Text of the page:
Campus personalities present and past Rebecca C. Brown and Tommaso Sciortino tackle the issues. This week on a very special CalJunket: Rebecca learns not to chew with her mouth open and Tommaso finds out his best friend is addicted to no-doze.
Sunday, July 11, 2004
David Duman and I finally saw "Farenheit 9/11" this weekend, and though I felt that Michael Moore glossed over some critical information and analyses, I give the film my endorsement. Less emotionally cloying than "Bowling for Columbine," and equipped with more hard visual data and less Michael Moore trouble-making than either of his first two films, this movie I hope will prove to be the impetus for many moderates or apathetics to visit their local post offices and libraries and pick up an application to register to vote. I'm grateful that someone encapsulated into a 30-minute sequence the behind-the-scenes business relationships, political friendships, and familial ties that "just happened" to coincide with a Bush Florida victory and a virtually uncontested (and infinitely profitable) war in Iraq. When many Americans feel compelled to vote Republican because they feel the party represents "good values," it's imperative that someone point out the moral hypocracies of that party's leaders. (In a rally speech on Friday, Bush lambasted insider trading and pledged to bring about a "culture of good values" to America, even though he magically knew to sell stock in his Texas oil company right before it lost millions, and even though Ken Lay of Enron was one of Bush's highest contributers in 2000.)
Here's what I thought could have been made more prominant in "Farenheit 9/11":
- The discrepency between what Bush & Co. purported Hussein's weapons capabilities to be and what they actually were. (This may already be well-known information to most Americans, I suppose.)
- How Bush planned to invade Iraq before he even took office.
- The extent to which Democrats bended over backward to let Bush invade Iraq and limit civil liberties. (I concede that this would be a poor strategy in an election year. Moore is quicker to judge Democrats in his books; fewer people read books, I guess.)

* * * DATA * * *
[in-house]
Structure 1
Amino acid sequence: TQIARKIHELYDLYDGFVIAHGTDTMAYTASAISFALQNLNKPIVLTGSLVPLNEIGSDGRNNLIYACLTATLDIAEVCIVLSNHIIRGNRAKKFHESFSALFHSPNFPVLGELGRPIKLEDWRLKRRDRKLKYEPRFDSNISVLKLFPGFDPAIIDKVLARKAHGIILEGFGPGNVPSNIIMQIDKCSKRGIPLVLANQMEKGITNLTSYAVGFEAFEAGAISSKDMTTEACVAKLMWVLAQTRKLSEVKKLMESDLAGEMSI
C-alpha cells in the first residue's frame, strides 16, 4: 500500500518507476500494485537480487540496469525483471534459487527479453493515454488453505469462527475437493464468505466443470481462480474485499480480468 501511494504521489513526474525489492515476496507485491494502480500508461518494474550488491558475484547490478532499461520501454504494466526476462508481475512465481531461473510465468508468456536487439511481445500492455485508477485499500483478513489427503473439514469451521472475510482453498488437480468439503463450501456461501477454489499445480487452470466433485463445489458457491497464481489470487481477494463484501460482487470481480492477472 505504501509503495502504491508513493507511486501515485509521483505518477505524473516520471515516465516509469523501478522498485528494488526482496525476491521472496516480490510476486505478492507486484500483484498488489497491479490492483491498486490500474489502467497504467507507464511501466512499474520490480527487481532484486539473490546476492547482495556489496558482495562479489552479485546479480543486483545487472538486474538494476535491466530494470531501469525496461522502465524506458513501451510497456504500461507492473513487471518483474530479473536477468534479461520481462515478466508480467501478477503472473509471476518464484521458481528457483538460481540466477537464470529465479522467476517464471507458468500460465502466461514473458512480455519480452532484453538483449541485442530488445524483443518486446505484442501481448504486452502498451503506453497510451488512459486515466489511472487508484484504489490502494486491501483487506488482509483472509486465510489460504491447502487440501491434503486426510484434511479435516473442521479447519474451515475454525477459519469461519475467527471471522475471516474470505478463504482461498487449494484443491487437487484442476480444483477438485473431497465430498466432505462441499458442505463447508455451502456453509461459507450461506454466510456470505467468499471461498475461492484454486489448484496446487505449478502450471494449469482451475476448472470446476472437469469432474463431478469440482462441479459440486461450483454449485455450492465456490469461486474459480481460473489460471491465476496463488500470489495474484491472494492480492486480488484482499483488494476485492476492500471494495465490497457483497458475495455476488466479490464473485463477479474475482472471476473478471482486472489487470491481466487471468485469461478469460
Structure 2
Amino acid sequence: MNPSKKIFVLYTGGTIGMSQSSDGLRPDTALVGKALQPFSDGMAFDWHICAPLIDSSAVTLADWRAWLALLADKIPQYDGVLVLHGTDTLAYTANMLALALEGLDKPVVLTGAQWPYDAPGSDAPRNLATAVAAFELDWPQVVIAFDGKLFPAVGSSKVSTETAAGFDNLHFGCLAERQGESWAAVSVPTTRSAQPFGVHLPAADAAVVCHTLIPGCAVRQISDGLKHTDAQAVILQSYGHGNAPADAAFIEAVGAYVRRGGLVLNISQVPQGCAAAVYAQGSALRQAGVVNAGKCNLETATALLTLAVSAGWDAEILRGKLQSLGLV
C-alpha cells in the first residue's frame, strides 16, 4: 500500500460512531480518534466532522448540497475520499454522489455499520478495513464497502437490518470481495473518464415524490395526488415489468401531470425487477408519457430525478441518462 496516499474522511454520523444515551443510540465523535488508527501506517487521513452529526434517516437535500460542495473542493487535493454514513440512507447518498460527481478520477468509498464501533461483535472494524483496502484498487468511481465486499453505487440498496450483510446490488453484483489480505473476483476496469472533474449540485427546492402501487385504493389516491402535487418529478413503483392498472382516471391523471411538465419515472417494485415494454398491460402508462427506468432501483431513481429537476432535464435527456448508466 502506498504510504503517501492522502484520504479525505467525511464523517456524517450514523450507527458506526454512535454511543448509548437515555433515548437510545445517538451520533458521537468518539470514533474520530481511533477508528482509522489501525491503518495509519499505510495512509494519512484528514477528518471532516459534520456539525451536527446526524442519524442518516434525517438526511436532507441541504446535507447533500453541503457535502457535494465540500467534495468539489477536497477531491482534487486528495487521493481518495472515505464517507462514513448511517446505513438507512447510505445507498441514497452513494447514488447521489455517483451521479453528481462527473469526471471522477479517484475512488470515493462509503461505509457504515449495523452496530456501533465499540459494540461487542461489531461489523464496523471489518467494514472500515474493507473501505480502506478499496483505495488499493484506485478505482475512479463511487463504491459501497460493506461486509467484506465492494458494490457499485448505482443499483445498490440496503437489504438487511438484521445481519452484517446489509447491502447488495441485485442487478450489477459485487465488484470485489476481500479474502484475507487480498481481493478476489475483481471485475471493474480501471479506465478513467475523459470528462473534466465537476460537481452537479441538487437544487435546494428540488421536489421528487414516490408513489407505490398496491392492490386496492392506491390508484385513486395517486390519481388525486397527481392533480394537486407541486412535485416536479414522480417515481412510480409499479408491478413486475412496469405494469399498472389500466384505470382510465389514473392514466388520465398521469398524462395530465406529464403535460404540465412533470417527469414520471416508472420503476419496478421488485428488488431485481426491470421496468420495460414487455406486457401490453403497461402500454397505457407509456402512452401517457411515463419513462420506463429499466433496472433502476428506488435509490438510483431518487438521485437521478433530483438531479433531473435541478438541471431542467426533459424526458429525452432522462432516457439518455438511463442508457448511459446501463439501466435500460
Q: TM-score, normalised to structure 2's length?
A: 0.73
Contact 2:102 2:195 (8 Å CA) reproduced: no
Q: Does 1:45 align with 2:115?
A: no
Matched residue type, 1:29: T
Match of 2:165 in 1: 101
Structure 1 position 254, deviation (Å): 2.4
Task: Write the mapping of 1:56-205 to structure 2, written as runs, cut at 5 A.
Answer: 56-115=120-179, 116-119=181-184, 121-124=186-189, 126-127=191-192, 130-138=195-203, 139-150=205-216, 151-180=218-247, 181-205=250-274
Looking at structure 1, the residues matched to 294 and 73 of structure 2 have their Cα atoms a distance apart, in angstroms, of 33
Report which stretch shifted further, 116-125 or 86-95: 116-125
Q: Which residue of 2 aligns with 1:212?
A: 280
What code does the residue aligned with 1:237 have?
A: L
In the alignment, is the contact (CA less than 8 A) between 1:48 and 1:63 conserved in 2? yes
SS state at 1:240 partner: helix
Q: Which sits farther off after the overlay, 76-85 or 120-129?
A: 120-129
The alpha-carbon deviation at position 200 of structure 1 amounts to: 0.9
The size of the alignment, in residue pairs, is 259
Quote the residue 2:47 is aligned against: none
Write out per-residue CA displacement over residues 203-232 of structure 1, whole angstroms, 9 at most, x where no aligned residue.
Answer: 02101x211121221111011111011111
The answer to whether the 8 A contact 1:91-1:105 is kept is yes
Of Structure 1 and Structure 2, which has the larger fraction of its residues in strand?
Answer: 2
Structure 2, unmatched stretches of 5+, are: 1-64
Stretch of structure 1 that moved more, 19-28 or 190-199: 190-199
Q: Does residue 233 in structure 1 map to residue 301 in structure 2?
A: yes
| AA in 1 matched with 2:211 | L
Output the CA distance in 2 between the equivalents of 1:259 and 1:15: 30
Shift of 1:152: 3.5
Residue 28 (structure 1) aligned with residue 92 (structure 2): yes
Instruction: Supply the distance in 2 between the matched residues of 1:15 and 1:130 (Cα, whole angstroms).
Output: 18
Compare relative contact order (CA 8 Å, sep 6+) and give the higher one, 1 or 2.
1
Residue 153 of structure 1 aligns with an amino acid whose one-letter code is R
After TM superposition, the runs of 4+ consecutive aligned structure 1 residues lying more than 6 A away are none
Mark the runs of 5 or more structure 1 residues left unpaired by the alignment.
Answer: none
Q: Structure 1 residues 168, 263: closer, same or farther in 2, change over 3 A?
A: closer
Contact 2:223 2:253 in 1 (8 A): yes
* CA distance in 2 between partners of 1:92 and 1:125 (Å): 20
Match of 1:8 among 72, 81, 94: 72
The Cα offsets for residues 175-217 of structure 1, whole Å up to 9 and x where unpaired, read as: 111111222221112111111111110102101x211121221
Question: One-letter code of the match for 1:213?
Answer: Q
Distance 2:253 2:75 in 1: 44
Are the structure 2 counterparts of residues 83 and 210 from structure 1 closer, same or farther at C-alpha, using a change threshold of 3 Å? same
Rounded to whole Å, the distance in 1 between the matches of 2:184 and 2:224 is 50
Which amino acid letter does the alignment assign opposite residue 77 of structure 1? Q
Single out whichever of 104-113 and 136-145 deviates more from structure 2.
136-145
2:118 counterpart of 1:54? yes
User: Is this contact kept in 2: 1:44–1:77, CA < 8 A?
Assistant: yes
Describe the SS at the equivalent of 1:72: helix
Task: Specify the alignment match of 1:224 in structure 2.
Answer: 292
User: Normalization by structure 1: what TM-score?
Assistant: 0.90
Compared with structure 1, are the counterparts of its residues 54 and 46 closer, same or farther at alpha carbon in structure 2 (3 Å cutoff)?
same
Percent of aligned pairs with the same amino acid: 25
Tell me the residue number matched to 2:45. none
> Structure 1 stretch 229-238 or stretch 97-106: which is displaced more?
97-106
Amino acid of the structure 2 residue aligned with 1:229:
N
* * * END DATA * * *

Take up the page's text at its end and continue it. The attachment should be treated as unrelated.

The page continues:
- Exactly how much the Bush administration knew about forthcoming terrorist attacks prior to September 11, 2001. (He shows the wonderful clip of Condi Rice remembering the name of one of the pre-9/11 secuirity briefings ["Bin Laden Determined to Attack on US Soil" or something to that extent], but he didn't explain clearly why this information wasn't given attention.)
I was very emotionally impressed by the soldier interviews, both by the troops' crassness at some points and their disgust and compassion at others. It's too easy to cenceive troops as faceless people who are all too eager to kill and be killed. Instead, soldiers are mostly young, poor men who were told that joining the armed forces would be a weekend gig. Ads for the Army portray the job either like a scene from He-Man or very literally as a video game.
Along those lines, Moore incisively paid great attention to the fact that the men and women who are sent to be killed and wounded in Iraq are poor and uneducated. Though asking congresspeople to sign up their kids for combat is a silly and pointless stunt, the point is made that US armed forces mostly do not glean soliders from wealthy families. They actively recruit people who feel they don't have alternatives.
Mostly I enjoy footage of George W. Bush looking ignorant. Not once have I seen him on prime time news or Fox News or C-SPAN revealing himself to be anything more than a vessel for meaningless appeals to "traditional values" or poorly phrased metaphors. Either he is in fact a very dim man, or he deserves the Oscar more than Michael Moore does.